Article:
Tuesday, May 3, 2011

Bin Laden’s code name was "Geronimo" - Geronimo EKIA - Operation Geronimo

Bin Laden’s code name "Geronimo" - Geronimo EKIA

The New York Times is simply indispensable on big events like this. There's plenty of essential reading on their site, including an authoritative and dramatic account of the story behind the U.S mission. It includes this vignette of the crucial moment, from the Situation Room:

The code name for Bin Laden was “Geronimo.” The president and his advisers watched Leon Panetta, the C.I.A. director, on a video screen, narrating from his agency’s headquarters across the Potomac River what was happening in faraway Pakistan.

“They’ve reached the target,” he said.
Minutes passed.

“We have a visual on Geronimo,” he said.
A few minutes later: “Geronimo EKIA.”

Enemy Killed In Action. There was silence in the Situation Room.
Finally, the president spoke up.

“We got him.”

The only thing I would caution here is that the story will be based on briefings from the White House, whose aim is to burnish the president's image. It may well be, for instance, that in reality that moment played out like this:

A few minutes later: “Geronimo EKIA.”

Enemy Killed In Action. There was silence in the Situation Room.

Finally, the president spoke up.

“What's 'EKIA'?”

Mission Osama executed by Operation Geronimo

'Operation Geronimo' that killed Osama bin Laden was executed by a 79-member US commando team that raced into Abbottabad from a base in Jalalabad in Afghanistan on a moonless night before Pakistani authorities could sense a breach of their territory and react possibly violently.
By the time, Pakistani military was scrambling forces in response to the incursion into their territory everything was over.
"Thankfully, there was no engagement with the Pakistani forces," John Brennan, President Barack Obama's Adviser on counter-terrorism, said on the 40-minute operation in the small hours of Monday not far away from Pakistan's capital Islamabad.
On Sunday, the White House officials cancelled all public tours of the West Wing Area in the President's House so that unsuspecting terrorists wouldn't run into security officials moving in and out of the situation room, from where the run-up to the operation was being monitored.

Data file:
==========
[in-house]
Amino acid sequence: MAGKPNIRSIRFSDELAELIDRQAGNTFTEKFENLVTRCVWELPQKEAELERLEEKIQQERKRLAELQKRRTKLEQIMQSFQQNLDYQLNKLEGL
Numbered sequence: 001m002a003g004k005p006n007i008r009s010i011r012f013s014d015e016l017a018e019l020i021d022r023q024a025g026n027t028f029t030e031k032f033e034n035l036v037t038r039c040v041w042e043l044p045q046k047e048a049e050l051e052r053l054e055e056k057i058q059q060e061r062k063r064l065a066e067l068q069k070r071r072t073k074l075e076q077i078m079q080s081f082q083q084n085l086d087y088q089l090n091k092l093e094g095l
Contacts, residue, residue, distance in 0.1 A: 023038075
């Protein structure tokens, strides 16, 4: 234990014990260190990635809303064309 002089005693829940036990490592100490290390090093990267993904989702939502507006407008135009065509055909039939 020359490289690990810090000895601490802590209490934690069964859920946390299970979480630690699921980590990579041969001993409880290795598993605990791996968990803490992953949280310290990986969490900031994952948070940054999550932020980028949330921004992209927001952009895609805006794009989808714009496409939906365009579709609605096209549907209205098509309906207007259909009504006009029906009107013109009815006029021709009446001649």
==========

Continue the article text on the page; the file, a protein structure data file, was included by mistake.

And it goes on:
A little after 2 pm (local time), CIA chief Leon Panetta detailed the operation to the group headed by the President in the situation room for the last time. Within an hour, he declared: "They (the team) have crossed into Pakistan."
The aim was to get in and get out of Pakistan, across the border in Afghanistan, before their breach can be detected by Pakistani authorities.
The US Naval Seals team stormed into the million-dollar mansion where Osama was living and a fire-fight broke out with the terrorists inside.
The commandos found bin Laden on the third floor wearing salwar kameez and US officials said he put up a fight before he was shot above the left eye near the end of the operation.

Osama Bin Laden was not Geronimo

Since President Barack Obama ordered the successful nail-biting “dead or alive” "surgical strike" on the highly fortified compound of Osama Bin Laden in the affluent, 400,000 people, Pakistani neighborhood of Abbottabad, more and more information are becoming available as to exactly what when down.
One of thing that is now known is that Bin Laden's code name was Geronimo. As a matter of fact, while President Barack Obama and Vice President Joe Biden, along with members of the national security team were viewing a live feed or updates on the mission against Bin Laden in the Situation Room of the White House on May 1, 2011, one official reportedly heard a commander on the scene in Osama's mansion say, "Geronimo E-KIA." That meant, Geronimo the code name for Bin Laden; and E-KIA which is "enemy killed in action."

Who was the real Geronimo and why the code name Geronimo?

There are no comparisons whatsoever between the real Geronimo and the most despicable terrorist of all time – Bin Laden. 
Geronimo was a Chiricahua Apache freedom fighter who fought against the invasion of his homeland by suppressive foreigners. He was a prominent Native American leader of the Chiricahua Apache who fought against Mexico and the United States for their expansion into Apache tribal lands for several decades during the Apache Wars. The U.S government at the time had ordered the military to pursue, subdue, and return Geronimo to the U.S., dead or alive.
According to Wikipedia,
On March 6, 1858, a company of 400 Mexican soldiers from Sonora led by Colonel José María Carrasco attacked Geronimo's camp outside Janos while the men were in town trading. Among those killed were Geronimo's wife, his children, and his mother. His chief, Mangas Coloradas, sent him to Cochise's band for help in revenge against the Mexicans. It was the Mexicans who named him Geronimo. This appellation stemmed from a battle in which, ignoring a deadly hail of bullets, he repeatedly attacked Mexican soldiers with a knife, causing them to utter appeals to Saint Jerome ("Jeronimo!"). The name stuck.

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